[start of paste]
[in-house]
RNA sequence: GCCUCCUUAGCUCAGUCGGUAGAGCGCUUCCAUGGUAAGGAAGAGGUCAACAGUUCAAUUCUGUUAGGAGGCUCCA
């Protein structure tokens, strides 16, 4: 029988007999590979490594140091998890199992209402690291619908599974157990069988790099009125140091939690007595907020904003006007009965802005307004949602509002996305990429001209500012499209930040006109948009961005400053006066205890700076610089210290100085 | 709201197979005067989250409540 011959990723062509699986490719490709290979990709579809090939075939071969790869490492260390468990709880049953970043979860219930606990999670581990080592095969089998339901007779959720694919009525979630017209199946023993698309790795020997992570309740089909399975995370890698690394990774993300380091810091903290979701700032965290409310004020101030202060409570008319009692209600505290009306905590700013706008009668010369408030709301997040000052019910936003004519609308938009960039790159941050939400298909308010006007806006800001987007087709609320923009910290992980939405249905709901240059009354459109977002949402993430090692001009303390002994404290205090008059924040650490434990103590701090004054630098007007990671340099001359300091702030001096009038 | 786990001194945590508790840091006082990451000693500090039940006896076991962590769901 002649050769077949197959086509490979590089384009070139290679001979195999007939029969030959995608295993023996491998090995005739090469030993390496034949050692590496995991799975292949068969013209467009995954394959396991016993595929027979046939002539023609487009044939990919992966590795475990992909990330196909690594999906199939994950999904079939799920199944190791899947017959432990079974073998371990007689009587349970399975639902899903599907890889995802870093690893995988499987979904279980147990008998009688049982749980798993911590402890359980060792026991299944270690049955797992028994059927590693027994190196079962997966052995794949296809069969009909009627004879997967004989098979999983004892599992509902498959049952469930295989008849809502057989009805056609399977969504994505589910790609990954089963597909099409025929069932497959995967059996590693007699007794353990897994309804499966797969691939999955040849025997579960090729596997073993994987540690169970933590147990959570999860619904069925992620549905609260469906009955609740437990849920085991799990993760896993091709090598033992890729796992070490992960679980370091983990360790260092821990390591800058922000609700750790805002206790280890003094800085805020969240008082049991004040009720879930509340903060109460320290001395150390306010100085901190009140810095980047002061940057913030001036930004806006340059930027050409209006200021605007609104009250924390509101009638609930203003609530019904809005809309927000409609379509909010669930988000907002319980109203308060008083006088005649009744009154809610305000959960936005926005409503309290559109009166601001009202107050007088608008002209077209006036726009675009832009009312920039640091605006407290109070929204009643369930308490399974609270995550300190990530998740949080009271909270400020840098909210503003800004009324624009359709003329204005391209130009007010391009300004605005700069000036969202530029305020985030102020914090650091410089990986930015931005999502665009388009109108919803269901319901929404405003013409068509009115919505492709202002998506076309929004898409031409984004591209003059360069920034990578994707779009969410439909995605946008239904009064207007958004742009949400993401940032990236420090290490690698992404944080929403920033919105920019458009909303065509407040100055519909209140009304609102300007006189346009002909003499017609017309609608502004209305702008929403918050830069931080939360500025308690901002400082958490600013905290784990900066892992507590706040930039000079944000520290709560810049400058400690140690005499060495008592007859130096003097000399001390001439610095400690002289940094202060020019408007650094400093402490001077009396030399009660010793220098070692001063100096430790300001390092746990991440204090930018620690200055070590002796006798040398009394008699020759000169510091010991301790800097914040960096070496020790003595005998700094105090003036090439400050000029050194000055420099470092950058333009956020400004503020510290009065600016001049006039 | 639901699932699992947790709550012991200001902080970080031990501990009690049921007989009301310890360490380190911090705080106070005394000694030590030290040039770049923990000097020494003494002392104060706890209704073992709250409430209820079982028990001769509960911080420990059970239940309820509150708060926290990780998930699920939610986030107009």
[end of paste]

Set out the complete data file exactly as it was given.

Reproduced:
[in-house]
RNA sequence: GCCUCCUUAGCUCAGUCGGUAGAGCGCUUCCAUGGUAAGGAAGAGGUCAACAGUUCAAUUCUGUUAGGAGGCUCCA
């Protein structure tokens, strides 16, 4: 029988007999590979490594140091998890199992209402690291619908599974157990069988790099009125140091939690007595907020904003006007009965802005307004949602509002996305990429001209500012499209930040006109948009961005400053006066205890700076610089210290100085 | 709201197979005067989250409540 011959990723062509699986490719490709290979990709579809090939075939071969790869490492260390468990709880049953970043979860219930606990999670581990080592095969089998339901007779959720694919009525979630017209199946023993698309790795020997992570309740089909399975995370890698690394990774993300380091810091903290979701700032965290409310004020101030202060409570008319009692209600505290009306905590700013706008009668010369408030709301997040000052019910936003004519609308938009960039790159941050939400298909308010006007806006800001987007087709609320923009910290992980939405249905709901240059009354459109977002949402993430090692001009303390002994404290205090008059924040650490434990103590701090004054630098007007990671340099001359300091702030001096009038 | 786990001194945590508790840091006082990451000693500090039940006896076991962590769901 002649050769077949197959086509490979590089384009070139290679001979195999007939029969030959995608295993023996491998090995005739090469030993390496034949050692590496995991799975292949068969013209467009995954394959396991016993595929027979046939002539023609487009044939990919992966590795475990992909990330196909690594999906199939994950999904079939799920199944190791899947017959432990079974073998371990007689009587349970399975639902899903599907890889995802870093690893995988499987979904279980147990008998009688049982749980798993911590402890359980060792026991299944270690049955797992028994059927590693027994190196079962997966052995794949296809069969009909009627004879997967004989098979999983004892599992509902498959049952469930295989008849809502057989009805056609399977969504994505589910790609990954089963597909099409025929069932497959995967059996590693007699007794353990897994309804499966797969691939999955040849025997579960090729596997073993994987540690169970933590147990959570999860619904069925992620549905609260469906009955609740437990849920085991799990993760896993091709090598033992890729796992070490992960679980370091983990360790260092821990390591800058922000609700750790805002206790280890003094800085805020969240008082049991004040009720879930509340903060109460320290001395150390306010100085901190009140810095980047002061940057913030001036930004806006340059930027050409209006200021605007609104009250924390509101009638609930203003609530019904809005809309927000409609379509909010669930988000907002319980109203308060008083006088005649009744009154809610305000959960936005926005409503309290559109009166601001009202107050007088608008002209077209006036726009675009832009009312920039640091605006407290109070929204009643369930308490399974609270995550300190990530998740949080009271909270400020840098909210503003800004009324624009359709003329204005391209130009007010391009300004605005700069000036969202530029305020985030102020914090650091410089990986930015931005999502665009388009109108919803269901319901929404405003013409068509009115919505492709202002998506076309929004898409031409984004591209003059360069920034990578994707779009969410439909995605946008239904009064207007958004742009949400993401940032990236420090290490690698992404944080929403920033919105920019458009909303065509407040100055519909209140009304609102300007006189346009002909003499017609017309609608502004209305702008929403918050830069931080939360500025308690901002400082958490600013905290784990900066892992507590706040930039000079944000520290709560810049400058400690140690005499060495008592007859130096003097000399001390001439610095400690002289940094202060020019408007650094400093402490001077009396030399009660010793220098070692001063100096430790300001390092746990991440204090930018620690200055070590002796006798040398009394008699020759000169510091010991301790800097914040960096070496020790003595005998700094105090003036090439400050000029050194000055420099470092950058333009956020400004503020510290009065600016001049006039 | 639901699932699992947790709550012991200001902080970080031990501990009690049921007989009301310890360490380190911090705080106070005394000694030590030290040039770049923990000097020494003494002392104060706890209704073992709250409430209820079982028990001769509960911080420990059970239940309820509150708060926290990780998930699920939610986030107009």